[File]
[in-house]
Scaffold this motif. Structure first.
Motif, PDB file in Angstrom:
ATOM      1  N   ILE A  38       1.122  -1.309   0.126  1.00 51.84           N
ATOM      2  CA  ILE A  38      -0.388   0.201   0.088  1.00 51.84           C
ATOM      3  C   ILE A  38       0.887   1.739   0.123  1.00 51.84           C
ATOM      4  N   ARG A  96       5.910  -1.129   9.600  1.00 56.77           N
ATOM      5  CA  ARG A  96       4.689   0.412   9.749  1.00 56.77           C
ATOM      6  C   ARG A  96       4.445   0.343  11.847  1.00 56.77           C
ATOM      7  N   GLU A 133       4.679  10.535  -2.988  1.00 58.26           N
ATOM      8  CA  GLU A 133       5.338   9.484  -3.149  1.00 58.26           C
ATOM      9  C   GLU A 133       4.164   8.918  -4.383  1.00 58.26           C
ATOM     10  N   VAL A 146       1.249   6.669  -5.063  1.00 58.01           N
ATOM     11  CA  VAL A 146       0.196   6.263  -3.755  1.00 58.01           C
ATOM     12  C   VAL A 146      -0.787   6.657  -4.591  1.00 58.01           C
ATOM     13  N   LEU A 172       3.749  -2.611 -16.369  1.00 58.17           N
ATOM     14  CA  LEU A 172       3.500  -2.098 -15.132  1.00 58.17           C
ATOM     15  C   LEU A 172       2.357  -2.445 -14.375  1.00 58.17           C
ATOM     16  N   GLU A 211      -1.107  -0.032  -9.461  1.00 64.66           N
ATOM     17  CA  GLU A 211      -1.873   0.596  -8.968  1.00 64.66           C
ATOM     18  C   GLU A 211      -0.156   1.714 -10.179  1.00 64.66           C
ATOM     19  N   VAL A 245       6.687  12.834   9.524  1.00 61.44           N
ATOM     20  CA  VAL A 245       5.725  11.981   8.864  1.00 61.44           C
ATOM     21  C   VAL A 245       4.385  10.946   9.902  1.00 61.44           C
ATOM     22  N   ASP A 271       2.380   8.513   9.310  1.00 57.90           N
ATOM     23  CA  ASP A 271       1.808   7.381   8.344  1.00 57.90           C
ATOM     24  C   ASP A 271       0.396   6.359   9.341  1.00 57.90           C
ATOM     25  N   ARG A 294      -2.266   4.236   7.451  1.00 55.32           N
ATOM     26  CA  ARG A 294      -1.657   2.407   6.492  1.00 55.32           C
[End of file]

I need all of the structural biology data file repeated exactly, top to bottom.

[in-house]
Scaffold this motif. Structure first.
Motif, PDB file in Angstrom:
ATOM      1  N   ILE A  38       1.122  -1.309   0.126  1.00 51.84           N
ATOM      2  CA  ILE A  38      -0.388   0.201   0.088  1.00 51.84           C
ATOM      3  C   ILE A  38       0.887   1.739   0.123  1.00 51.84           C
ATOM      4  N   ARG A  96       5.910  -1.129   9.600  1.00 56.77           N
ATOM      5  CA  ARG A  96       4.689   0.412   9.749  1.00 56.77           C
ATOM      6  C   ARG A  96       4.445   0.343  11.847  1.00 56.77           C
ATOM      7  N   GLU A 133       4.679  10.535  -2.988  1.00 58.26           N
ATOM      8  CA  GLU A 133       5.338   9.484  -3.149  1.00 58.26           C
ATOM      9  C   GLU A 133       4.164   8.918  -4.383  1.00 58.26           C
ATOM     10  N   VAL A 146       1.249   6.669  -5.063  1.00 58.01           N
ATOM     11  CA  VAL A 146       0.196   6.263  -3.755  1.00 58.01           C
ATOM     12  C   VAL A 146      -0.787   6.657  -4.591  1.00 58.01           C
ATOM     13  N   LEU A 172       3.749  -2.611 -16.369  1.00 58.17           N
ATOM     14  CA  LEU A 172       3.500  -2.098 -15.132  1.00 58.17           C
ATOM     15  C   LEU A 172       2.357  -2.445 -14.375  1.00 58.17           C
ATOM     16  N   GLU A 211      -1.107  -0.032  -9.461  1.00 64.66           N
ATOM     17  CA  GLU A 211      -1.873   0.596  -8.968  1.00 64.66           C
ATOM     18  C   GLU A 211      -0.156   1.714 -10.179  1.00 64.66           C
ATOM     19  N   VAL A 245       6.687  12.834   9.524  1.00 61.44           N
ATOM     20  CA  VAL A 245       5.725  11.981   8.864  1.00 61.44           C
ATOM     21  C   VAL A 245       4.385  10.946   9.902  1.00 61.44           C
ATOM     22  N   ASP A 271       2.380   8.513   9.310  1.00 57.90           N
ATOM     23  CA  ASP A 271       1.808   7.381   8.344  1.00 57.90           C
ATOM     24  C   ASP A 271       0.396   6.359   9.341  1.00 57.90           C
ATOM     25  N   ARG A 294      -2.266   4.236   7.451  1.00 55.32           N
ATOM     26  CA  ARG A 294      -1.657   2.407   6.492  1.00 55.32           C